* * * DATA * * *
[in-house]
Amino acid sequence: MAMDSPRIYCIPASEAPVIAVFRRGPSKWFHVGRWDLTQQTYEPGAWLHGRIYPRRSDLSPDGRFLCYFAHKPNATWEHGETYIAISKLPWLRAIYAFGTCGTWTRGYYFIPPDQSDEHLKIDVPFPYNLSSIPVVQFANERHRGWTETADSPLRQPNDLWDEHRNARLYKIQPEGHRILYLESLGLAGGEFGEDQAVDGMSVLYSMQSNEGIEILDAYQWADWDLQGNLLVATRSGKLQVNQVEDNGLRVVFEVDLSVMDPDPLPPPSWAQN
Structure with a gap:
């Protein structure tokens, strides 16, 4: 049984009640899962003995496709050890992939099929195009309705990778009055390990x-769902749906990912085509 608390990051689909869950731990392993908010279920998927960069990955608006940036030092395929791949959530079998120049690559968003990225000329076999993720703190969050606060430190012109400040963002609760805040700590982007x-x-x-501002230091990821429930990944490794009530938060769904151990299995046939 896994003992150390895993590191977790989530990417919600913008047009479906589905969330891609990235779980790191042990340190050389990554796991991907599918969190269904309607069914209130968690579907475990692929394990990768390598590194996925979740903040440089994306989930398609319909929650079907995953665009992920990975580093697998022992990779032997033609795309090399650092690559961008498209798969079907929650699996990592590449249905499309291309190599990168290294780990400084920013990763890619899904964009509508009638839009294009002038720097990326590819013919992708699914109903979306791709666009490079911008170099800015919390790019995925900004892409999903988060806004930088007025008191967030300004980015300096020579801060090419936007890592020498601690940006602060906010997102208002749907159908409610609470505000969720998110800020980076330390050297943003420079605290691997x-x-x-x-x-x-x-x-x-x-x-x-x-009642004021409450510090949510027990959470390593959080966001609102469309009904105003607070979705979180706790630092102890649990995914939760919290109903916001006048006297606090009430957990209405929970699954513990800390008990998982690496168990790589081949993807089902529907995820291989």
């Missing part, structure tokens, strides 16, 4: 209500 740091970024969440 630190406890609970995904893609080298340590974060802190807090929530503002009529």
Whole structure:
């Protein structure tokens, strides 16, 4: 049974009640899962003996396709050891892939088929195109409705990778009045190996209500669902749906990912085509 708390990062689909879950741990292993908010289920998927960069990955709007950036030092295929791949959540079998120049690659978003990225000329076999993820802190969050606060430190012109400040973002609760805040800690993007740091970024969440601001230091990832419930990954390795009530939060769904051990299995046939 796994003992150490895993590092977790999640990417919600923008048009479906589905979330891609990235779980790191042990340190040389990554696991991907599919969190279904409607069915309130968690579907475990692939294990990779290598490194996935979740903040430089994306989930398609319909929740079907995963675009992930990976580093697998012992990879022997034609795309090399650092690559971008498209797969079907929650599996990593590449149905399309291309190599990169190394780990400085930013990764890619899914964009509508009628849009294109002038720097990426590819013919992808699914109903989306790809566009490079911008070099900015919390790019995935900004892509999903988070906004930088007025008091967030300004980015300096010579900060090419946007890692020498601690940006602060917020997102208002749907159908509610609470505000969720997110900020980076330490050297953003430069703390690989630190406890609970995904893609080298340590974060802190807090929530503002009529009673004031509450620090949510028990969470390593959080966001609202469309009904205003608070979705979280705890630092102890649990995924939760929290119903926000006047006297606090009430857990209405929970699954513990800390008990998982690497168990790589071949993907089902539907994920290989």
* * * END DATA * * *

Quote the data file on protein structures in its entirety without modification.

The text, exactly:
[in-house]
Amino acid sequence: MAMDSPRIYCIPASEAPVIAVFRRGPSKWFHVGRWDLTQQTYEPGAWLHGRIYPRRSDLSPDGRFLCYFAHKPNATWEHGETYIAISKLPWLRAIYAFGTCGTWTRGYYFIPPDQSDEHLKIDVPFPYNLSSIPVVQFANERHRGWTETADSPLRQPNDLWDEHRNARLYKIQPEGHRILYLESLGLAGGEFGEDQAVDGMSVLYSMQSNEGIEILDAYQWADWDLQGNLLVATRSGKLQVNQVEDNGLRVVFEVDLSVMDPDPLPPPSWAQN
Structure with a gap:
């Protein structure tokens, strides 16, 4: 049984009640899962003995496709050890992939099929195009309705990778009055390990x-769902749906990912085509 608390990051689909869950731990392993908010279920998927960069990955608006940036030092395929791949959530079998120049690559968003990225000329076999993720703190969050606060430190012109400040963002609760805040700590982007x-x-x-501002230091990821429930990944490794009530938060769904151990299995046939 896994003992150390895993590191977790989530990417919600913008047009479906589905969330891609990235779980790191042990340190050389990554796991991907599918969190269904309607069914209130968690579907475990692929394990990768390598590194996925979740903040440089994306989930398609319909929650079907995953665009992920990975580093697998022992990779032997033609795309090399650092690559961008498209798969079907929650699996990592590449249905499309291309190599990168290294780990400084920013990763890619899904964009509508009638839009294009002038720097990326590819013919992708699914109903979306791709666009490079911008170099800015919390790019995925900004892409999903988060806004930088007025008191967030300004980015300096020579801060090419936007890592020498601690940006602060906010997102208002749907159908409610609470505000969720998110800020980076330390050297943003420079605290691997x-x-x-x-x-x-x-x-x-x-x-x-x-009642004021409450510090949510027990959470390593959080966001609102469309009904105003607070979705979180706790630092102890649990995914939760919290109903916001006048006297606090009430957990209405929970699954513990800390008990998982690496168990790589081949993807089902529907995820291989």
């Missing part, structure tokens, strides 16, 4: 209500 740091970024969440 630190406890609970995904893609080298340590974060802190807090929530503002009529």
Whole structure:
């Protein structure tokens, strides 16, 4: 049974009640899962003996396709050891892939088929195109409705990778009045190996209500669902749906990912085509 708390990062689909879950741990292993908010289920998927960069990955709007950036030092295929791949959540079998120049690659978003990225000329076999993820802190969050606060430190012109400040973002609760805040800690993007740091970024969440601001230091990832419930990954390795009530939060769904051990299995046939 796994003992150490895993590092977790999640990417919600923008048009479906589905979330891609990235779980790191042990340190040389990554696991991907599919969190279904409607069915309130968690579907475990692939294990990779290598490194996935979740903040430089994306989930398609319909929740079907995963675009992930990976580093697998012992990879022997034609795309090399650092690559971008498209797969079907929650599996990593590449149905399309291309190599990169190394780990400085930013990764890619899914964009509508009628849009294109002038720097990426590819013919992808699914109903989306790809566009490079911008070099900015919390790019995935900004892509999903988070906004930088007025008091967030300004980015300096010579900060090419946007890692020498601690940006602060917020997102208002749907159908509610609470505000969720997110900020980076330490050297953003430069703390690989630190406890609970995904893609080298340590974060802190807090929530503002009529009673004031509450620090949510028990969470390593959080966001609202469309009904205003608070979705979280705890630092102890649990995924939760929290119903926000006047006297606090009430857990209405929970699954513990800390008990998982690497168990790589071949993907089902539907994920290989």